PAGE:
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Re: [tlug] About git revert without commit


git diff compares the tree of a commit in the repository with (a) another tree in the repo, or (b) the current index of files recorded, or (c) the actual contents of the workspace, or (d) the working directory with the index.  IIRC (d) is the default with no commits specified at invocation.  git revert -n will leave you in a state where the working tree and the index are synchronized, so the result of "git diff" will be empty.

On Tue, Mar 13, 2012 at 7:31 PM, Shmuel Fomberg <> wrote:
Hi All.

A little git question: why when I revert a commit without creating a new commit, (using "git revert -n")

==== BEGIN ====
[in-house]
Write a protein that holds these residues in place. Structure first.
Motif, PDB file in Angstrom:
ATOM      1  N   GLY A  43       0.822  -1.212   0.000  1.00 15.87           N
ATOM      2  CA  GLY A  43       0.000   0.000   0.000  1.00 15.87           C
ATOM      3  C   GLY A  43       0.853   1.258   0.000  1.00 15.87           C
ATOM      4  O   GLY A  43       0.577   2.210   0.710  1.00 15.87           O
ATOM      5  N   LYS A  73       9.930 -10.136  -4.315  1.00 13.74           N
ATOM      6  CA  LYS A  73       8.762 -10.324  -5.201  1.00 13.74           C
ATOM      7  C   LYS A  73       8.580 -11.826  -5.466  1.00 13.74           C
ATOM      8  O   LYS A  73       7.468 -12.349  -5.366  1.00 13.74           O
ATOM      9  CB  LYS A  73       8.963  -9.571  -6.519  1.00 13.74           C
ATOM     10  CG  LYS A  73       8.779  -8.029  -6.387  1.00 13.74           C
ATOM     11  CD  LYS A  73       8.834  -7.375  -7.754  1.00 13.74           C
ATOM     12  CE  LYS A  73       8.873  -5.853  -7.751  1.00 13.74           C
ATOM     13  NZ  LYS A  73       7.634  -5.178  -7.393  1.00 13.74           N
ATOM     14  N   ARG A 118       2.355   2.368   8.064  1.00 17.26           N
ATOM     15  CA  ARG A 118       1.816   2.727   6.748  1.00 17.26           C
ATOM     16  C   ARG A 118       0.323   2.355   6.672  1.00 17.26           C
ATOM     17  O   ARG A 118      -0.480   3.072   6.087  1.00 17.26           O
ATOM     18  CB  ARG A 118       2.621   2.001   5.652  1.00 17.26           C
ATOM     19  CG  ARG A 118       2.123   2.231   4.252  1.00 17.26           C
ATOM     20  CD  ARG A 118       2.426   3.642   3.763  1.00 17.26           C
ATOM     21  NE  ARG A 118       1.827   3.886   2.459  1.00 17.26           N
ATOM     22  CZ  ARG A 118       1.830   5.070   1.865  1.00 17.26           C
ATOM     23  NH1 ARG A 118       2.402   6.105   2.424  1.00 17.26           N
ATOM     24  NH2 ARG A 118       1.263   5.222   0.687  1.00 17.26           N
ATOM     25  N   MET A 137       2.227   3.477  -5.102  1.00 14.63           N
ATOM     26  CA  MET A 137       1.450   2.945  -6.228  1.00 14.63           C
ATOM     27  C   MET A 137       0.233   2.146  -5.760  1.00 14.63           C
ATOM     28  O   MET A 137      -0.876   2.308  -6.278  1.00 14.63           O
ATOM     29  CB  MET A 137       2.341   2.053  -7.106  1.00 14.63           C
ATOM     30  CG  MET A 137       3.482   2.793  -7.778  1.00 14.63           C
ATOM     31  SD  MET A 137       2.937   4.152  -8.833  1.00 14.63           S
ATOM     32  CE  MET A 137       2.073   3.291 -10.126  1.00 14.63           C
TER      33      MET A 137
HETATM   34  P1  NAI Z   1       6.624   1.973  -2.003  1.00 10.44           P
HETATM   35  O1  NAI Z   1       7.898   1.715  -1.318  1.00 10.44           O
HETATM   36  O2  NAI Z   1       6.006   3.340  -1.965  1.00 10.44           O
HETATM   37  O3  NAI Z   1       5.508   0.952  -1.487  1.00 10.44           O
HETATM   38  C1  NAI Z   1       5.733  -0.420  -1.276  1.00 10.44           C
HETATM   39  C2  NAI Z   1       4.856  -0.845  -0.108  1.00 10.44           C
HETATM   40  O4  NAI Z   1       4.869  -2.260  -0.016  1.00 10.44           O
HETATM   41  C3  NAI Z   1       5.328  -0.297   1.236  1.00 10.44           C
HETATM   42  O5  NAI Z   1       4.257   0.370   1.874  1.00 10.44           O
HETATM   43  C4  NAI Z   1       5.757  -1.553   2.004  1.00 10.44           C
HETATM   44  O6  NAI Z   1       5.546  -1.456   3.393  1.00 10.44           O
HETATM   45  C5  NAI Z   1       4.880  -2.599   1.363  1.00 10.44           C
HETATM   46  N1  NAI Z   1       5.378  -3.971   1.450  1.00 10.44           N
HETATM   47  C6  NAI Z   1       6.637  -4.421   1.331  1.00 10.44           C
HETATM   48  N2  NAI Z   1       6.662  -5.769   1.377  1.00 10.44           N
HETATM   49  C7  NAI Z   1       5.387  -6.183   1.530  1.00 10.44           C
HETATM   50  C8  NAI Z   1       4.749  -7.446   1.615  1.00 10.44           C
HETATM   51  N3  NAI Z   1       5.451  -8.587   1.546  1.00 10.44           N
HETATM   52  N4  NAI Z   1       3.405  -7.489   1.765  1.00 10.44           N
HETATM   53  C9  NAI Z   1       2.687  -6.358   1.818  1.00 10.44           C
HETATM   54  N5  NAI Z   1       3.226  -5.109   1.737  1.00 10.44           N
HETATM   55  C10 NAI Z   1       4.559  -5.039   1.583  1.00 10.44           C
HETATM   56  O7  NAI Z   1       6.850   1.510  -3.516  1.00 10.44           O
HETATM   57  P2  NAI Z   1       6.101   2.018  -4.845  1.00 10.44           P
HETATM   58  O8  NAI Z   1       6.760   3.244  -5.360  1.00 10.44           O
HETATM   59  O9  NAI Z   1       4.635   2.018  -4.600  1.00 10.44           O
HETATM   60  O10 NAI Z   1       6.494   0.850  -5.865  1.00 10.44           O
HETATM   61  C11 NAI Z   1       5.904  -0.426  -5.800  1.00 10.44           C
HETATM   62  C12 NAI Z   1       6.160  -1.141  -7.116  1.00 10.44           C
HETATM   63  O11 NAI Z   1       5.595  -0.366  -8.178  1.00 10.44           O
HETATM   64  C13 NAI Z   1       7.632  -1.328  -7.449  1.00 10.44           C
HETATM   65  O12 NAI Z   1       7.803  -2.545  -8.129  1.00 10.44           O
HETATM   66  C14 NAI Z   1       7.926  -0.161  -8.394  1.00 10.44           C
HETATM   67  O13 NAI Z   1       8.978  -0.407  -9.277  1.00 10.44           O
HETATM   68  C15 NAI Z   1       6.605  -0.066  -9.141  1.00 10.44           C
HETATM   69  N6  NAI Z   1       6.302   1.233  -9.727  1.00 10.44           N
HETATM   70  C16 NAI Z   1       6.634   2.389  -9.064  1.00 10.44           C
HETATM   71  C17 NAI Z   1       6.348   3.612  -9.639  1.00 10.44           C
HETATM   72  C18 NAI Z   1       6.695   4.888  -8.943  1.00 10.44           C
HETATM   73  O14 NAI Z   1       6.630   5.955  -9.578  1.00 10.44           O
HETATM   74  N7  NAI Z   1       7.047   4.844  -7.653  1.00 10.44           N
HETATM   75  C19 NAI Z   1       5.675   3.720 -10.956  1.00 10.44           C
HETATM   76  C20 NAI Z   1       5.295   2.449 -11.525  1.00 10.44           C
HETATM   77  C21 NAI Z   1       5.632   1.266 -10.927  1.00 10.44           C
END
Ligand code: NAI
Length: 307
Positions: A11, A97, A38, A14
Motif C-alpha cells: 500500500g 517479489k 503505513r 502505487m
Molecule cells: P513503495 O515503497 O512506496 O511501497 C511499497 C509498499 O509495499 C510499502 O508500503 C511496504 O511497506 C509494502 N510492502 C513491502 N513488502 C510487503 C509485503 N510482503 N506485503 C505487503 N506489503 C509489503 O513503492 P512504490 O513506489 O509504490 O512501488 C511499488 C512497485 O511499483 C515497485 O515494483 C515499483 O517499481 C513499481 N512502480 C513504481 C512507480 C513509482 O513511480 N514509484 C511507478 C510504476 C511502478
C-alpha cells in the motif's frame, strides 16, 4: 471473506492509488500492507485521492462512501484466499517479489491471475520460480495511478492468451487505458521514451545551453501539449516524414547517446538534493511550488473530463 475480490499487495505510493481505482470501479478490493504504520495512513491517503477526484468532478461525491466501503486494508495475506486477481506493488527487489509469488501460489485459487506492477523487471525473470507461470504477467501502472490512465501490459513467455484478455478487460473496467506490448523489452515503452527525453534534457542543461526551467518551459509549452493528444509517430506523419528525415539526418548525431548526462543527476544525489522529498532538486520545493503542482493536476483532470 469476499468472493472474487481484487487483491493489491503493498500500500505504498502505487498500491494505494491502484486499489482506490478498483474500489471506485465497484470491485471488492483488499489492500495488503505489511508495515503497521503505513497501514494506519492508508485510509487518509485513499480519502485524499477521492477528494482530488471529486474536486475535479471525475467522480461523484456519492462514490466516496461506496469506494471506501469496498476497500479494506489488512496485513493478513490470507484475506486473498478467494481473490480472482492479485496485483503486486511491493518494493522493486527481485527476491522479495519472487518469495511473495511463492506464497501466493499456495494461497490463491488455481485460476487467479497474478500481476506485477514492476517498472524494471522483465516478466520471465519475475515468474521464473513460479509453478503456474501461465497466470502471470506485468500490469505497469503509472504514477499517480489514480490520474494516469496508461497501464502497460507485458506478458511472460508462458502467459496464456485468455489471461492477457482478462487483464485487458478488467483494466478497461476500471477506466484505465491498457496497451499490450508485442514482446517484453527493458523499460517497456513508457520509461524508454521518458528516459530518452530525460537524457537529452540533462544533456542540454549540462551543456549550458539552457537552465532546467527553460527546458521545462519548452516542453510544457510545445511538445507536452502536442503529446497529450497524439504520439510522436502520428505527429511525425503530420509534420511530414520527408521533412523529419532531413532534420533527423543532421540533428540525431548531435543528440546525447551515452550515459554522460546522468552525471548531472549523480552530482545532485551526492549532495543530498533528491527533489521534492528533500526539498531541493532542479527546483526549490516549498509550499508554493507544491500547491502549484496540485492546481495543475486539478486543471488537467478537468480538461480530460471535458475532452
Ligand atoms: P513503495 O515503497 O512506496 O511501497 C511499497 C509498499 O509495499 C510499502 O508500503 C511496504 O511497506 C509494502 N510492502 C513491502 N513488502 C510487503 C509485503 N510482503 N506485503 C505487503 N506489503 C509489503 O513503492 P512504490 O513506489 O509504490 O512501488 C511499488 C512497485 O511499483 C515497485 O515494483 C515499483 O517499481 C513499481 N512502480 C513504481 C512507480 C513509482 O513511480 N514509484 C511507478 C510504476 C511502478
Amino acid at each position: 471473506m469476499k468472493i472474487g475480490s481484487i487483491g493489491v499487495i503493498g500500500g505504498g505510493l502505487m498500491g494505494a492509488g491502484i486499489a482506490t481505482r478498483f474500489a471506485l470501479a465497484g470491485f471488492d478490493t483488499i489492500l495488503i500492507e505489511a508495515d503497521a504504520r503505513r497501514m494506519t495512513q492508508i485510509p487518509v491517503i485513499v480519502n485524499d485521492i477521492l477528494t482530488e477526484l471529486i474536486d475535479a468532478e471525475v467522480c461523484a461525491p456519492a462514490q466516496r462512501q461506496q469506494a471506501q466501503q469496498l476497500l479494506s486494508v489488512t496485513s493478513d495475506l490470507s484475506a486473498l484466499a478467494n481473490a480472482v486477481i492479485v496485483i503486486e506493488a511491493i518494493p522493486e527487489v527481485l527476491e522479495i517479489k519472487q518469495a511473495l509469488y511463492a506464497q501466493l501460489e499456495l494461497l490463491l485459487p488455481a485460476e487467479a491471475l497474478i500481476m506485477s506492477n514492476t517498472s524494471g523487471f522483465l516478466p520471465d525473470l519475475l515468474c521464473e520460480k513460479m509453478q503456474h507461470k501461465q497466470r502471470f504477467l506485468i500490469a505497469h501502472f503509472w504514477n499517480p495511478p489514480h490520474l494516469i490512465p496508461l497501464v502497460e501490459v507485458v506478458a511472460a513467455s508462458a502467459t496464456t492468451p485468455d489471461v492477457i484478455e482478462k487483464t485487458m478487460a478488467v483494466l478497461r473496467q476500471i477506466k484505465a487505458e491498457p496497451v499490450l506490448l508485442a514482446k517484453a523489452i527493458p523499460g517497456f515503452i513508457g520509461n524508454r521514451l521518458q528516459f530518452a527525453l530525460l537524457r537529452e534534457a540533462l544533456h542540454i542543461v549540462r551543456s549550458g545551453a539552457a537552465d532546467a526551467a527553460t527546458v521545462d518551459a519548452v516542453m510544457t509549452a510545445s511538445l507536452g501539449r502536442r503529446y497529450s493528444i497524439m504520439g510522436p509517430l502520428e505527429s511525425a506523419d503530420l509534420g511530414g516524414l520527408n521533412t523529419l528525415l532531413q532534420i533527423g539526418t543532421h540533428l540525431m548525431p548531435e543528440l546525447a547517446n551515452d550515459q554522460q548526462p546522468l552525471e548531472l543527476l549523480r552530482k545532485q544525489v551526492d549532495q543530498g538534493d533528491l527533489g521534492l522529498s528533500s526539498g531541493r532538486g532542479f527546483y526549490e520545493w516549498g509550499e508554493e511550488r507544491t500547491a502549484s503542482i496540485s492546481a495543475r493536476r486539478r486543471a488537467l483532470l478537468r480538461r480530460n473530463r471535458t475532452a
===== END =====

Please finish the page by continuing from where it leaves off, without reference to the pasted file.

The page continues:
afterwards when I do "git diff", I don't see the reverted changes?
If there is no commit, they should have been seen as a diff, don't they?

If see the changes themselves in the files, btw, so the work was done...
Also, doing "git reset --hard" revert the revert. and that is OK.

I just want to know why the revery does not show in the diff...


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